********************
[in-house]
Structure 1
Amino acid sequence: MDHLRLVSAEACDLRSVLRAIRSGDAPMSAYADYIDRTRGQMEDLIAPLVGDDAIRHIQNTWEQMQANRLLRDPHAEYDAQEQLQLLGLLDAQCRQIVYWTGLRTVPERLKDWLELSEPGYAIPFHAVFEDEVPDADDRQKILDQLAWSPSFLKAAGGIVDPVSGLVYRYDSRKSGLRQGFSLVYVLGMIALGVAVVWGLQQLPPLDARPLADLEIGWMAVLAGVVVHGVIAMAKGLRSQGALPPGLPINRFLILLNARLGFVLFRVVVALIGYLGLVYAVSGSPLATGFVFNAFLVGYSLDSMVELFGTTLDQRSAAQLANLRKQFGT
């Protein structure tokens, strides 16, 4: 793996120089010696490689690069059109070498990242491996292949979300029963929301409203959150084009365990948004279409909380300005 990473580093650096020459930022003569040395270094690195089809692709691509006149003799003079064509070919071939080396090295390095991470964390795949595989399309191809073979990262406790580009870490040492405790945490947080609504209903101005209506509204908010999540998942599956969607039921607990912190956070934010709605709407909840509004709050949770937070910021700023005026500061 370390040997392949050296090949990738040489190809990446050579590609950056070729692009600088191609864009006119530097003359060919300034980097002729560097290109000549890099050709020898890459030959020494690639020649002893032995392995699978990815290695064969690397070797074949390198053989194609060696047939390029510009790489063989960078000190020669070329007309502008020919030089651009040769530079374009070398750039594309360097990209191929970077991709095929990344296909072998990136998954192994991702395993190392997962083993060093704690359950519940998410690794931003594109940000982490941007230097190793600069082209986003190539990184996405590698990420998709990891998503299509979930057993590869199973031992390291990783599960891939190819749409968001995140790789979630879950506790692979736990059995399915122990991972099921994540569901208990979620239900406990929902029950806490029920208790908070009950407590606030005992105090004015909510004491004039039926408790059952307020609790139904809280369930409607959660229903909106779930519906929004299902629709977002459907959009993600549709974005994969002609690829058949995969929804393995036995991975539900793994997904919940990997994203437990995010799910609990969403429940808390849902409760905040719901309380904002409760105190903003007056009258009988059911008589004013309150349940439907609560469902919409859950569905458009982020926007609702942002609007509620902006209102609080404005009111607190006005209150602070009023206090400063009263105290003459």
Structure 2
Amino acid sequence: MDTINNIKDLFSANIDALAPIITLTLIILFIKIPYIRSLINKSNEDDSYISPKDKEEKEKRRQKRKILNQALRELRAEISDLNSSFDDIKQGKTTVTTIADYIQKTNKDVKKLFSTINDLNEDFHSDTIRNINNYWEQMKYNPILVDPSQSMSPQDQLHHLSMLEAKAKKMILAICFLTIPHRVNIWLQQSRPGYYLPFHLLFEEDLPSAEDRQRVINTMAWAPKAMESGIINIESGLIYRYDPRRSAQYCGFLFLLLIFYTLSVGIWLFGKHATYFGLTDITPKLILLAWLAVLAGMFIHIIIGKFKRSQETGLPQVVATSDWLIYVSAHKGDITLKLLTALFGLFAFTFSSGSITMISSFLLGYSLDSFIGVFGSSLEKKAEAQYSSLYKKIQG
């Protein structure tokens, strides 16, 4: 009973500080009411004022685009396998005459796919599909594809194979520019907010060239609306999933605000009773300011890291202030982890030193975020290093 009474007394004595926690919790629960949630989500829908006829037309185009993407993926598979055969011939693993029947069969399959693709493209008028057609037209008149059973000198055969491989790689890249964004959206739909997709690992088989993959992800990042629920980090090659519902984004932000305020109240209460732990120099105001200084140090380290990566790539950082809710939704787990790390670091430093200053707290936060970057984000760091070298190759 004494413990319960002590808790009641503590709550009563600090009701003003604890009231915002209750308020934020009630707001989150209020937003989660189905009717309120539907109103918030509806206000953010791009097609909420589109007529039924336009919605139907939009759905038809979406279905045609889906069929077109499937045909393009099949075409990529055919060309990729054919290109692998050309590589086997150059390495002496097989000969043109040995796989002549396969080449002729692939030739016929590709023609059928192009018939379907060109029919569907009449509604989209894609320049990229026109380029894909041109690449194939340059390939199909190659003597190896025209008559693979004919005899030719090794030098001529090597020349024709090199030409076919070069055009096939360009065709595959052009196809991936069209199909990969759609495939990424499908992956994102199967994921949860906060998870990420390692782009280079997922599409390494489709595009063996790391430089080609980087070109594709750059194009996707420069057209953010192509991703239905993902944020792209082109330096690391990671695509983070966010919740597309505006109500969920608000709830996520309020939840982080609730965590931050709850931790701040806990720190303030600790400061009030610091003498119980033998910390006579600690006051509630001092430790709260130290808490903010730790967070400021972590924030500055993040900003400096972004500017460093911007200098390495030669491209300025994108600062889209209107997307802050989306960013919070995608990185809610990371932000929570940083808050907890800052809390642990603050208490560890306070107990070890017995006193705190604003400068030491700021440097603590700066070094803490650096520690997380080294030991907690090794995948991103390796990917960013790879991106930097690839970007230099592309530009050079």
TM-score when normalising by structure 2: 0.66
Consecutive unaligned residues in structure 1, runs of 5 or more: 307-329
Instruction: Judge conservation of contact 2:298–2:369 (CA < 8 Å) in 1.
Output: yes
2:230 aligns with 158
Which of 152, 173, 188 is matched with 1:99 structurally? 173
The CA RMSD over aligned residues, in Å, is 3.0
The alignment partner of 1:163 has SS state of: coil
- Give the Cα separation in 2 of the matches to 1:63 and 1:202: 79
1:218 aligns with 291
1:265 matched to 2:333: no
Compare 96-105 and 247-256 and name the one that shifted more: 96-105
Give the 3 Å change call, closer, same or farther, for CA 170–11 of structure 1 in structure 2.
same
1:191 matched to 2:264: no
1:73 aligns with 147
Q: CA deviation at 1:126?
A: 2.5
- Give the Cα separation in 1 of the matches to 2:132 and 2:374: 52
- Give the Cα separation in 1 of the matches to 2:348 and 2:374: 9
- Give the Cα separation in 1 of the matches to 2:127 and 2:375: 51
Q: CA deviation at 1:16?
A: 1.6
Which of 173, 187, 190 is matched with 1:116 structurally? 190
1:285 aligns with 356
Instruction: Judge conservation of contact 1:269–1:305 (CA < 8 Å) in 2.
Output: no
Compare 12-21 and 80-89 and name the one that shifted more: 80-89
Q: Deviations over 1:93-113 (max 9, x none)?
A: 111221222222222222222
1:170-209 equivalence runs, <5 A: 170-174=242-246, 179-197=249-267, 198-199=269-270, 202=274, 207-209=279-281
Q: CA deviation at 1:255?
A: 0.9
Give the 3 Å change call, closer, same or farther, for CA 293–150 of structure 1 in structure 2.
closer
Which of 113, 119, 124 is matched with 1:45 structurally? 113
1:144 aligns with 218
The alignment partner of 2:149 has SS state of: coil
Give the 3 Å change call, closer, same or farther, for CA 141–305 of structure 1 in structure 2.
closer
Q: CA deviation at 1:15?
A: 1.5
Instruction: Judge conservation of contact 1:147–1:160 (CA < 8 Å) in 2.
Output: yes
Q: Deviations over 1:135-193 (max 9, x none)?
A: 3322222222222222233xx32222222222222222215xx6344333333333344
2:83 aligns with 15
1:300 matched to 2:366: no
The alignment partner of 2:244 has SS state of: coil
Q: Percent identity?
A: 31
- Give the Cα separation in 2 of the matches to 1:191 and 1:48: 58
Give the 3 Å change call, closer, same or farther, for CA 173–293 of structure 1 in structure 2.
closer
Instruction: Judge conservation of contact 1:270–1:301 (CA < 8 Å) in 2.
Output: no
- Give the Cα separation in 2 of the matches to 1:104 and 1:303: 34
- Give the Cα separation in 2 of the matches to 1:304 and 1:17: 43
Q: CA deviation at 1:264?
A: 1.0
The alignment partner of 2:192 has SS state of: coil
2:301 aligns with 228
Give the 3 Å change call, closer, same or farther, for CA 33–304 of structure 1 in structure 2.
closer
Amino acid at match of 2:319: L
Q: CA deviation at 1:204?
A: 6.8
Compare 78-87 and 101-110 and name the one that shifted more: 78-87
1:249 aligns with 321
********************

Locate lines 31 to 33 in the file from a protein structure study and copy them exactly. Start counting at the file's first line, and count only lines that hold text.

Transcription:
Which of 173, 187, 190 is matched with 1:116 structurally? 190
1:285 aligns with 356
Instruction: Judge conservation of contact 1:269–1:305 (CA < 8 Å) in 2.